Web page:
My suggestion was to debug to determine if Box2D is deterministic. The FAQ says it is, but obviously it could have a bug. Since you refuse to debug your code who knows. –  user744 May 18 '12 at 8:53

2 Answers 2

Maybe glutTimerFunc(33, timer, 0); produce different results on different machines. Another thing is that your code. takes different amount of time to execute every once you run it (especially on different computers), so that may be the source of desynchronization.

Anyway the right way to do what you want to achieve is to run main physics simulation on server and send results to clients. You can avoid lag by making clients run their own simulation for results to use in time between getting results from the server.

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If you see my code again, I block until I receive all clients' inputs before I process them for client update. Clients do not step simulation more than once between two tcpServer.receive(); –  Jake May 17 '12 at 15:19
2  
Oh, yeah, sorry. Still second part of my answer is valid. You can't rely on clients simulations, clients may cheat. EDIT: just random thought: are bodies in collection in the same order on both clients? Order matter in floating point operations. –  mrpyo May 17 '12 at 15:35
    
+1 Thanks for your very constructive suggestion. I actually got the bodies collection in the same order, but you made me realise there may be a race condition between glutKeyboardFunc and glutTimerFunc... I just need to check now. –  Jake May 18 '12 at 3:22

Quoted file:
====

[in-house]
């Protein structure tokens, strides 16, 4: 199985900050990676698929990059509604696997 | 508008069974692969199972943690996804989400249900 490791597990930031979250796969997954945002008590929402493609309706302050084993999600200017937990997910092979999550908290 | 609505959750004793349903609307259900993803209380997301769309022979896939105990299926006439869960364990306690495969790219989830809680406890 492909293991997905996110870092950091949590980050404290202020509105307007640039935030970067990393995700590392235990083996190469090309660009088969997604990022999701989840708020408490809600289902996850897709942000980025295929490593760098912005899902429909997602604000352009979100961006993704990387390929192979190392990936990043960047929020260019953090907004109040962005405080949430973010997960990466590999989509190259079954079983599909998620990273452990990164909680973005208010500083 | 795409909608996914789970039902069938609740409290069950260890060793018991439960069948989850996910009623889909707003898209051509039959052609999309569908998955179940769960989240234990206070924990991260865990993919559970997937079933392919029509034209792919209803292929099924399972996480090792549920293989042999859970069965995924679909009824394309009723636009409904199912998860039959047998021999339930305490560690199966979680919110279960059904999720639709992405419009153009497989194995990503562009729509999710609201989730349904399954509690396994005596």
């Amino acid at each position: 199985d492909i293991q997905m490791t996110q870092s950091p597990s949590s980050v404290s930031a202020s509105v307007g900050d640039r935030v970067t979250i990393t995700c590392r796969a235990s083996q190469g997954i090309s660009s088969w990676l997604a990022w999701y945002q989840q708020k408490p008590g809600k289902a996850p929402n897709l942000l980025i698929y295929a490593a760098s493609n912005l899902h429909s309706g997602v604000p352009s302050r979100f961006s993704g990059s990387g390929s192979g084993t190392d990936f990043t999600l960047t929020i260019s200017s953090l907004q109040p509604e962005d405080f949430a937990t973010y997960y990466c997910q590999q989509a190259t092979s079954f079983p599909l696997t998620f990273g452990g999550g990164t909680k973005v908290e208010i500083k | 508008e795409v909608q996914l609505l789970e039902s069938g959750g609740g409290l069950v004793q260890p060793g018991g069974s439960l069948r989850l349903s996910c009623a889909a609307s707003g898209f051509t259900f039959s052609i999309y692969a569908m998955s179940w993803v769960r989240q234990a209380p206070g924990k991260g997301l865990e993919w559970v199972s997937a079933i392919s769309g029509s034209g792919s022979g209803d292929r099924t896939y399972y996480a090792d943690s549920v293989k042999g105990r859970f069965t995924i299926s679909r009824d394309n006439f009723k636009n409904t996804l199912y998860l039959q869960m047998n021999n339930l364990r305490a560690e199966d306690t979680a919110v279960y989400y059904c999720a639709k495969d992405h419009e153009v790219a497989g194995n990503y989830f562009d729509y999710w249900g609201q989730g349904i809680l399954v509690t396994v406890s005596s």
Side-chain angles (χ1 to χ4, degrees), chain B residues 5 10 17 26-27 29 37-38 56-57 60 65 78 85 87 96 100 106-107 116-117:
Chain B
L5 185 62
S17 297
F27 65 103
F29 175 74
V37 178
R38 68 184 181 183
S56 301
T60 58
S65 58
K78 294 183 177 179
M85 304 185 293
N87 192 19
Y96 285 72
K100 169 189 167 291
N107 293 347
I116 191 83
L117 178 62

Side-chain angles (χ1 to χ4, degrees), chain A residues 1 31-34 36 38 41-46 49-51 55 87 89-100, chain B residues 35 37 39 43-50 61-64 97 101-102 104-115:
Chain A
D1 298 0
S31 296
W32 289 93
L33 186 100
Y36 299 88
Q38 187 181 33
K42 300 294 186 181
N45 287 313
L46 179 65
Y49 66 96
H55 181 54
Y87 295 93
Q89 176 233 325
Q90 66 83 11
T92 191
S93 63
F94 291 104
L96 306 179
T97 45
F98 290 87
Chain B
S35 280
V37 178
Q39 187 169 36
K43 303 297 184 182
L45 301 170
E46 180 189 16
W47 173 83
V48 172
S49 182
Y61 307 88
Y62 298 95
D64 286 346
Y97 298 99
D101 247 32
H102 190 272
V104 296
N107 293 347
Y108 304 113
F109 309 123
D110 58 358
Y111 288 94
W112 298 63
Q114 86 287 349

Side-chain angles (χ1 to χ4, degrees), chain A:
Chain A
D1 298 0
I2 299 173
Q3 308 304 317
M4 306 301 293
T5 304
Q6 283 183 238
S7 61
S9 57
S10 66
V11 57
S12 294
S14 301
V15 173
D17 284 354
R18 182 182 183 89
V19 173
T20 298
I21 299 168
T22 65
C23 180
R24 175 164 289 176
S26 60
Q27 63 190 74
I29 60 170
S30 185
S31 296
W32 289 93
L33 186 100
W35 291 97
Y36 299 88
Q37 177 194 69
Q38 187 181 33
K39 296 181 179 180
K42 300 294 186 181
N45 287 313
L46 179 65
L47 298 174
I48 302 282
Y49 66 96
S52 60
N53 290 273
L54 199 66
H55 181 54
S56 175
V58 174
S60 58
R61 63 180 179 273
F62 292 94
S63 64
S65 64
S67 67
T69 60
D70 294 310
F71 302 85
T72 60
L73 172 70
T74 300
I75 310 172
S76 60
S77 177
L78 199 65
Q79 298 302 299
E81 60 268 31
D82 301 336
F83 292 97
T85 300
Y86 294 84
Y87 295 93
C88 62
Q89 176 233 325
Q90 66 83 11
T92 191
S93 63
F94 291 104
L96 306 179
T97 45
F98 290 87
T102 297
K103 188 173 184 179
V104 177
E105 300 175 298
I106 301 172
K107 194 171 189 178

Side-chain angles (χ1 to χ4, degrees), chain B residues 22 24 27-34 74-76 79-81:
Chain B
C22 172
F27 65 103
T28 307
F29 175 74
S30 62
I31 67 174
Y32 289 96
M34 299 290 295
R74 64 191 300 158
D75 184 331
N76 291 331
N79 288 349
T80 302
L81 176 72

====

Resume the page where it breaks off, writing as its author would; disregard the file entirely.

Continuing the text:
1  
glutKeyboardFunc isn't even in any of your example code, reinforcing my point that you need to do more before we can help you. This question is quickly devolving into "guess my mistake" and I can't even vote to close it because you put a bounty on it. :( –  user744 May 18 '12 at 8:54
    
Maybe you are imagining me sitting on a couch drinking coffee while waiting for others to guess my mistake. Sorry to say, I am actually trying all ways to debug. Perhaps if you are interested in the bounty, you could at least suggest which part of my code you want to see. Or simply comment whether my steps as posted presents any sync issues and guess where else I can look at. I will appreciate that, really. Afterall, guessing is not bad a technique especially when you have problems never encountered before. –  Jake May 18 '12 at 12:51

The problem is that the two cars are out of sync due to the cars not syncing, I guess. I would do something like this:

//client
void tick() {
    step(a,b,c)
    for(body in myb2World) {
        if(body.userdata.owner == this) {
            tcpServer.send(body);
        }
    }
}

//server
void serviceloop
{
    while(all clients alive)
    {
       foreach(c = clients) tcpClients[c].receive(&inputs[c]);

       // send input of each client to all clients
       foreach(source = clients)
       {
          foreach(dest = clients)
          {
              tcpClients[dest].send(inputs[source]);
          }
       }
    }
}

and at the client the bodies not of that client are updated with the correct state.